How can social media impact your Virginia car accident case?

Two people sitting en beach chairs under palm treets

Look, we get it. Social media is fun. We all use it. But if you’ve been involved in a Virginia car accident, you need to be aware that posting to social media can have a tangible impact on your case.

James, are you saying that I’m being spied on?

While trying to not be overly dramatic, you should assume that if you’ve got a Virginia car accident case, the insurance companies are reviewing your social media.  This is especially true if you are claiming significant and/or permanent injury due to your crash.  

Whether your making a claim against the other driver’s insurance, or your own, insurance companies do not like paying out money. And they will invest the time and resources necessary to defend a claim, if possible.  One low-cost way to defend is to review the social media posts that you’ve made.  Afterall, most of your social media can be found by a simple Google search.

But I’m not posting anything about my accident?

Maybe you haven’t posted anything about your accident. Maybe you’ve posted about your recent vacation, sporting event, time out on the town, or whatever we all post about.  But remember, if you’re claiming that you were injured, the insurance company will point to “all the fun that you’re having” to show that you really weren’t badly injured.

If tried to a jury, they will use your social media (even ones that don’t talk about your accident) if at all possible. They will try to convince a jury that you should have laid in bed, heavily medicated.  And the fact that you weren’t shows that you are lying.

So, should I delete all my social media posts? 

No. In fact, Virginia requires that a potential litigant preserve any and all evidence that may be relevant to a case.  Click here to read more about your obligations under Virginia law.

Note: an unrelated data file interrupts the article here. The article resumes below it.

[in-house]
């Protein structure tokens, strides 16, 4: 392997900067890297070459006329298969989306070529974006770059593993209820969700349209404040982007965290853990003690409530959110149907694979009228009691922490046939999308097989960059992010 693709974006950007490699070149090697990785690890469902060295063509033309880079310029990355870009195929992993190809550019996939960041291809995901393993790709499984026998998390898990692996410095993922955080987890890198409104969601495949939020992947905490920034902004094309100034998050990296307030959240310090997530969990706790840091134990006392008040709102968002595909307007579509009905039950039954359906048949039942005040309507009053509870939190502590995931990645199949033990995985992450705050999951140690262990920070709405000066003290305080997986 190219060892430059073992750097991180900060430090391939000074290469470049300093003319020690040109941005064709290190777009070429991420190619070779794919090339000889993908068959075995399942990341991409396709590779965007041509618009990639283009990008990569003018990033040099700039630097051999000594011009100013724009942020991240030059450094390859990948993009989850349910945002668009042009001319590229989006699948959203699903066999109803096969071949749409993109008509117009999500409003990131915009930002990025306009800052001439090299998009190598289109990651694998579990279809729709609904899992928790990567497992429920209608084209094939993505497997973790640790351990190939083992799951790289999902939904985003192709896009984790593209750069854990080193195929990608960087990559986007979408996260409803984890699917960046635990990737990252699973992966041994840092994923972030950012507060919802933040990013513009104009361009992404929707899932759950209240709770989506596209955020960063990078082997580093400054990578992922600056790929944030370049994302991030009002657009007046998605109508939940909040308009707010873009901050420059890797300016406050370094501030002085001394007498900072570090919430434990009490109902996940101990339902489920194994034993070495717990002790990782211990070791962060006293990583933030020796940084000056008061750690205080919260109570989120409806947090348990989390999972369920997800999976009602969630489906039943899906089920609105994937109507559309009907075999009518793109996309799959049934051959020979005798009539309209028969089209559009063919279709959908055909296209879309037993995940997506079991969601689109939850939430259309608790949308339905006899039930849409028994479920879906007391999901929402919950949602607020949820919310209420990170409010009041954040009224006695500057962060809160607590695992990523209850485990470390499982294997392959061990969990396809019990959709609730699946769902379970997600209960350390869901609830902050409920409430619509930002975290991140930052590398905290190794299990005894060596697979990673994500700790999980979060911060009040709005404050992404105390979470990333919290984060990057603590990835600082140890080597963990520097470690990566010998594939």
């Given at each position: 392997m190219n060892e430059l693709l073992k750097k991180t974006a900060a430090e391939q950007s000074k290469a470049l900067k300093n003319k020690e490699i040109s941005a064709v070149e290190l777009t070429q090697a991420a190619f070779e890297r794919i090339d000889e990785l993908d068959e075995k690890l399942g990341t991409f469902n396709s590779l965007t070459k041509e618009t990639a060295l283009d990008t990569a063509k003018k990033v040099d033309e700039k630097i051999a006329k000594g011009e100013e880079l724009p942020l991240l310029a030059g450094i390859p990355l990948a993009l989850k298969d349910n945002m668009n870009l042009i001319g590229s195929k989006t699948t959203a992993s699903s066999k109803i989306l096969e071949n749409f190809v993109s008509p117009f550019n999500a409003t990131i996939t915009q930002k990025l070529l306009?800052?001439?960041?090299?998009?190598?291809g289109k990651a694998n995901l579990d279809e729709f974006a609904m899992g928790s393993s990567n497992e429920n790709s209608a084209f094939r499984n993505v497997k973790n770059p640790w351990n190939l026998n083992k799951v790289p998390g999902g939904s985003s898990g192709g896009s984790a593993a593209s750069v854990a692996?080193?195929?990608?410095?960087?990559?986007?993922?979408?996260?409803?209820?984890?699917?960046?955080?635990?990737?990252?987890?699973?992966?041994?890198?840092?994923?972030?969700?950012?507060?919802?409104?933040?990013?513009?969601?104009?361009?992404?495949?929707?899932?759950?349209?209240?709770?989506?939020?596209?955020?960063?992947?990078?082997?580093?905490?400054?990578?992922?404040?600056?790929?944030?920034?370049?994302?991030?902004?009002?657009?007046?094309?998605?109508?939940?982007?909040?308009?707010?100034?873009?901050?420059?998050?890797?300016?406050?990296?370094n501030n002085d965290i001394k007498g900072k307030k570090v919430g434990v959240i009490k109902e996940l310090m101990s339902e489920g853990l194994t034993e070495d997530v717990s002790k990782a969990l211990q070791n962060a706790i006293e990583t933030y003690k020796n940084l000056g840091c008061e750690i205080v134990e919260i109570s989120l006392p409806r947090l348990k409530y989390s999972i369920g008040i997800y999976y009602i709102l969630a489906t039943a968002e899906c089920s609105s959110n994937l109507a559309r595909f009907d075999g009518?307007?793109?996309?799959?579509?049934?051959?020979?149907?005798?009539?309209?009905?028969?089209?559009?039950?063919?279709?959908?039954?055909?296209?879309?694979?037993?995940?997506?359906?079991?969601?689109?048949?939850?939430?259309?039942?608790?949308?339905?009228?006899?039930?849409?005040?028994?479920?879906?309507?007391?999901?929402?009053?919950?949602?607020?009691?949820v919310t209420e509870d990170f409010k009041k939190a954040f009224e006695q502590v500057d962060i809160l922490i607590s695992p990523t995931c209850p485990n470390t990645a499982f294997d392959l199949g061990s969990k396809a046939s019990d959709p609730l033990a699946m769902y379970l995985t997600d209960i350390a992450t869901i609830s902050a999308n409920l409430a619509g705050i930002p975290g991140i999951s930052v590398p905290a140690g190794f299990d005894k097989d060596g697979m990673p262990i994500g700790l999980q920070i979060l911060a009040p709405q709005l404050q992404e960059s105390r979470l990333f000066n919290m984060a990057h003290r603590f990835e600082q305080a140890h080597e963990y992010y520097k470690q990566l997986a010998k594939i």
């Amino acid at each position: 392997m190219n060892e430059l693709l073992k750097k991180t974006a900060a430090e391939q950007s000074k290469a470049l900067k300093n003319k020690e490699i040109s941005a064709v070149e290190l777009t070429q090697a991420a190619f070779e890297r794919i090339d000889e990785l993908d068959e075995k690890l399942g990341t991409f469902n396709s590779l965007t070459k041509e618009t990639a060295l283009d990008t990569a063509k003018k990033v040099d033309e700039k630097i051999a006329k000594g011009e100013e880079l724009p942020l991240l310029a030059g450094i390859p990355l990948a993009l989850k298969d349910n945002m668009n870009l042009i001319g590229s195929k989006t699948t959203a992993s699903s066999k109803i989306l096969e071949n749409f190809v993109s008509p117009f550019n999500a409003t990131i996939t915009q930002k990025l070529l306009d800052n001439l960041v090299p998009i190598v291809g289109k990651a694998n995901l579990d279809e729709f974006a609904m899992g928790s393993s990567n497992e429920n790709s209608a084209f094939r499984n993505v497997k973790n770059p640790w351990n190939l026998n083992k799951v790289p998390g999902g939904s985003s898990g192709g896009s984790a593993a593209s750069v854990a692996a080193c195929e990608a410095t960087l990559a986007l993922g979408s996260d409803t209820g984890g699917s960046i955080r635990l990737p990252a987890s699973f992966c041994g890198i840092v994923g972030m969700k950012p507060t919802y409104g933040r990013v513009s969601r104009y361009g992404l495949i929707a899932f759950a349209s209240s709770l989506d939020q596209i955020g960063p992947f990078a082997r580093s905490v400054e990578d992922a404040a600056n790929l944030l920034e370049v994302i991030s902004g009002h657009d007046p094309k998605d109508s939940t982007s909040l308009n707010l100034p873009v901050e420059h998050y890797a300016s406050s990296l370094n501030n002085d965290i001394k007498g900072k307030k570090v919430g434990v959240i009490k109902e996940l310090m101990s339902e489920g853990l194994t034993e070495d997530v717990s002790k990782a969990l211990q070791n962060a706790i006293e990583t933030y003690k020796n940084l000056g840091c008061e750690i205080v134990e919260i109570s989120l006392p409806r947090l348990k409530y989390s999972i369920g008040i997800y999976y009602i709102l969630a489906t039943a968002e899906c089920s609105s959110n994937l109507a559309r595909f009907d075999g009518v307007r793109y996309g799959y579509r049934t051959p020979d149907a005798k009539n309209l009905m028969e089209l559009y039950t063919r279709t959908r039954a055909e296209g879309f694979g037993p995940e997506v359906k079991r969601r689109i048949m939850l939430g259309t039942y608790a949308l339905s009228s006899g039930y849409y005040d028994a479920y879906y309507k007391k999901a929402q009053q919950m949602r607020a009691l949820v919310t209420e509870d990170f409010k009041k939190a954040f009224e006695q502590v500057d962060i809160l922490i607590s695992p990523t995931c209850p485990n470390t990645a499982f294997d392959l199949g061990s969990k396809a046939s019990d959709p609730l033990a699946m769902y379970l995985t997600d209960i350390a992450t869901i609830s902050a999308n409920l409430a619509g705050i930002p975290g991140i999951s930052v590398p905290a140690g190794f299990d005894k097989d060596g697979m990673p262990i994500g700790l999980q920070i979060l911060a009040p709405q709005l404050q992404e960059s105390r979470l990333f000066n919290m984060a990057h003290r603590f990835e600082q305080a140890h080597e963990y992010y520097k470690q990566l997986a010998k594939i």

If you are found to have “spoiled” evidence, such as social media, the Court may impose various remedies against you. This can include informing the jury that they can infer that the evidence you deleted would have been bad for your case. They can also impose monetary sanctions against you (and your lawyer, if your lawyer instructed you to delete the evidence.) 

So, do not delete social media posts, even if they will be bad for your case.  Trying to hide or destroy evidence is the worse thing you can do. 

What should I do?

First, you should tell your attorney about any posts that you made since your accident.  Especially if you believe your posts are harmful for your case.  While attorneys might be able to work around “bad facts,” of cases, they can do little if they are not made aware of those facts. 

Second, you should take steps to preserve your posts.  That way no one can claim that you destroyed evidence or “allowed it to be destroyed.” 

Third, you are permitted to change your social media settings from “public” to “private.” However, when doing so, again you must make sure that you do not accidentally delete the posts.  Indeed, you should take efforts to preserve them.

Lastly, you should refrain from using social media while your case is pending.  Look, I know this is tough. But ultimately what you do is your choice. If you decided to continue with social media, just take heed that you should expect any and everything you post may be used against you.  

Still have questions?

Make sure to check out our Personal Injury & Criminal Defense Practice Pages where we’ve answered many other questions you likely have.  Abrenio Law is a Personal Injury & Criminal Defense Law Firm representing individuals in Northern Virginia and throughout the Commonwealth. You can learn more about Abrenio Law by visiting our About Us page. You can also read about some of our Prior Results, and Read Our Reviews.  Make sure to contact us at Ph. 703-570-4180 for your Free Consultation.